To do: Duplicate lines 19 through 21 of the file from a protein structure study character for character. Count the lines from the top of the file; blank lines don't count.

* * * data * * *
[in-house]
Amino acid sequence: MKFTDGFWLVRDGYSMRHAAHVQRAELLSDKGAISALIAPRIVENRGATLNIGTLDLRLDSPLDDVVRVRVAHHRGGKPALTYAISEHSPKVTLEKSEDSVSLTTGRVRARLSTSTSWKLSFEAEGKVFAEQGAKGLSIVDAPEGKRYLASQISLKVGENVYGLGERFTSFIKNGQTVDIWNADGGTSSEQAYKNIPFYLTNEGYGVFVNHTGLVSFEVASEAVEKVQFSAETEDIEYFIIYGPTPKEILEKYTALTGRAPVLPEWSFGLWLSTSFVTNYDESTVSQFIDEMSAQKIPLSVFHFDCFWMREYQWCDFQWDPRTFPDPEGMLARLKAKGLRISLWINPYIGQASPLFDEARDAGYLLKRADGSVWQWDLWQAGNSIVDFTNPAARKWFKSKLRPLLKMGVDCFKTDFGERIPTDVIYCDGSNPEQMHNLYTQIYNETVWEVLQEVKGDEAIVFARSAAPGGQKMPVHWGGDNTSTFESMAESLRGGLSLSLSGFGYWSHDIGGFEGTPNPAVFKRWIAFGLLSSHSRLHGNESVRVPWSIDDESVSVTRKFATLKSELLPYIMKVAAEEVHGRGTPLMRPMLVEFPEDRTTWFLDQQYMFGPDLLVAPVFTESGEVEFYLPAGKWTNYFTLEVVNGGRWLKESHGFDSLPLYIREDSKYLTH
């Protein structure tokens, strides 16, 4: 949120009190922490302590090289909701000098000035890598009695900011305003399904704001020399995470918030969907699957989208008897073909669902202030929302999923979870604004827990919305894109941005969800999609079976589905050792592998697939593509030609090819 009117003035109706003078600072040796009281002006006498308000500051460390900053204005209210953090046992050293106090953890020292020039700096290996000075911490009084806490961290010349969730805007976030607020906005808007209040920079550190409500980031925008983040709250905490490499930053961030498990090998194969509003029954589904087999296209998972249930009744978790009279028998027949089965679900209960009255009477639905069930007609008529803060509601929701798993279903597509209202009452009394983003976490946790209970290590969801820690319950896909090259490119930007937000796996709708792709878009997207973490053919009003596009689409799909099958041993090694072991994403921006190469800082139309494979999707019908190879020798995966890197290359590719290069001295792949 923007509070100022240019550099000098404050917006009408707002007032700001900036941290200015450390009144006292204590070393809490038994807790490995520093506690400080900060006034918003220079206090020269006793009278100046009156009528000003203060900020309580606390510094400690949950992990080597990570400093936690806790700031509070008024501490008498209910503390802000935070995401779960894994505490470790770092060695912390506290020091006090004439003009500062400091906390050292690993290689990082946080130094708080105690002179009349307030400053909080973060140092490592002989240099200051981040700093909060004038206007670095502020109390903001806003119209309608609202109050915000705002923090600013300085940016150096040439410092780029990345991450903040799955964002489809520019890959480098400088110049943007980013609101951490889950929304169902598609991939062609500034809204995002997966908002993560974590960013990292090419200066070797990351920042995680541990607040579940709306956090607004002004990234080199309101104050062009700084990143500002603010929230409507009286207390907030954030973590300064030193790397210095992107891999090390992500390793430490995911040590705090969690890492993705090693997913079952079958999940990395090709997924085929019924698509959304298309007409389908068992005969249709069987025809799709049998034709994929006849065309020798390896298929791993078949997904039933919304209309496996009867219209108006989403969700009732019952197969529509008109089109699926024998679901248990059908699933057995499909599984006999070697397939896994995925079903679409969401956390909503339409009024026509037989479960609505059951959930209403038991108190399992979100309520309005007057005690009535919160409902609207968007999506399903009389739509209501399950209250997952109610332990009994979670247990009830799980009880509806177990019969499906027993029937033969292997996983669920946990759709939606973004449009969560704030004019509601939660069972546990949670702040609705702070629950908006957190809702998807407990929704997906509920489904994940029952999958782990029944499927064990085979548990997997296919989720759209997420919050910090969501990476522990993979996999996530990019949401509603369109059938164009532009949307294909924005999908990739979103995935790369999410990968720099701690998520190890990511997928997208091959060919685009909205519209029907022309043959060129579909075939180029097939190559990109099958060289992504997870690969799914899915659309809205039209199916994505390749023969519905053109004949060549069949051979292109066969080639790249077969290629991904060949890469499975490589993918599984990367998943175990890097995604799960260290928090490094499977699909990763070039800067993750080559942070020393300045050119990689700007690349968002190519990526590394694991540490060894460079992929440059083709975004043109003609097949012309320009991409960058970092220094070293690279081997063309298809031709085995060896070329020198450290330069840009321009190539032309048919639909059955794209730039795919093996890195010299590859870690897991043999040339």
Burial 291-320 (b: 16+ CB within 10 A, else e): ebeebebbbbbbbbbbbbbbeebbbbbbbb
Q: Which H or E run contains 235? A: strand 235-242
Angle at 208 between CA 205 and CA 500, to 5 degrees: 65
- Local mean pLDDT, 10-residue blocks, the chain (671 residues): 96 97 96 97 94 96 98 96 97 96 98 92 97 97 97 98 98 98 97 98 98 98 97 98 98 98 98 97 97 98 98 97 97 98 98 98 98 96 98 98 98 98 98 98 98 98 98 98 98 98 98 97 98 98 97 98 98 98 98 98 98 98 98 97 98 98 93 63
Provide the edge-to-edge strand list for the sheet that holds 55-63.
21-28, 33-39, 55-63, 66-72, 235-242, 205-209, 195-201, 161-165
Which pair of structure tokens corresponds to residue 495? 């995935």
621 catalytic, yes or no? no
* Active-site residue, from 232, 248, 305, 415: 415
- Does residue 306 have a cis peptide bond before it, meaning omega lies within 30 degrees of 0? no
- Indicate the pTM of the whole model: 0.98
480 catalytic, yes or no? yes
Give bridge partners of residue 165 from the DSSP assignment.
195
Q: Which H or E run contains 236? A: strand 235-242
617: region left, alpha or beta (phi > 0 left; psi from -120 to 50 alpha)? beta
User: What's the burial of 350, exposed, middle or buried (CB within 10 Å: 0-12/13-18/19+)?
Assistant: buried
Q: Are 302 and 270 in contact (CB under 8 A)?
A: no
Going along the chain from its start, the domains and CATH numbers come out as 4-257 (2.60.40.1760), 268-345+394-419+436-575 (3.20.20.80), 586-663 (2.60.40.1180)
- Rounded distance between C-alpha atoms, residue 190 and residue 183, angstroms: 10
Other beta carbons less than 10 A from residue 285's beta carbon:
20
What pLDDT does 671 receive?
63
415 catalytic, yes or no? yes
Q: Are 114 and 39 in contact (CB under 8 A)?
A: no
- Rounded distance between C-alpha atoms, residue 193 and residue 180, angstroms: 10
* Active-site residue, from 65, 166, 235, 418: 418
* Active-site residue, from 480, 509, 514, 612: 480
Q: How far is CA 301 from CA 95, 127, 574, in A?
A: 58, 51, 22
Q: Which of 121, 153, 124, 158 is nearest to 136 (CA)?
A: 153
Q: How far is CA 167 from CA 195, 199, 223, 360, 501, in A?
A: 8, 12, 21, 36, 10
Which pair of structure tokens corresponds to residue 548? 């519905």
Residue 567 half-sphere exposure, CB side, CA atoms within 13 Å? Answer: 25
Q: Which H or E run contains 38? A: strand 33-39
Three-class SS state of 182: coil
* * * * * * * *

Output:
617: region left, alpha or beta (phi > 0 left; psi from -120 to 50 alpha)? beta
User: What's the burial of 350, exposed, middle or buried (CB within 10 Å: 0-12/13-18/19+)?
Assistant: buried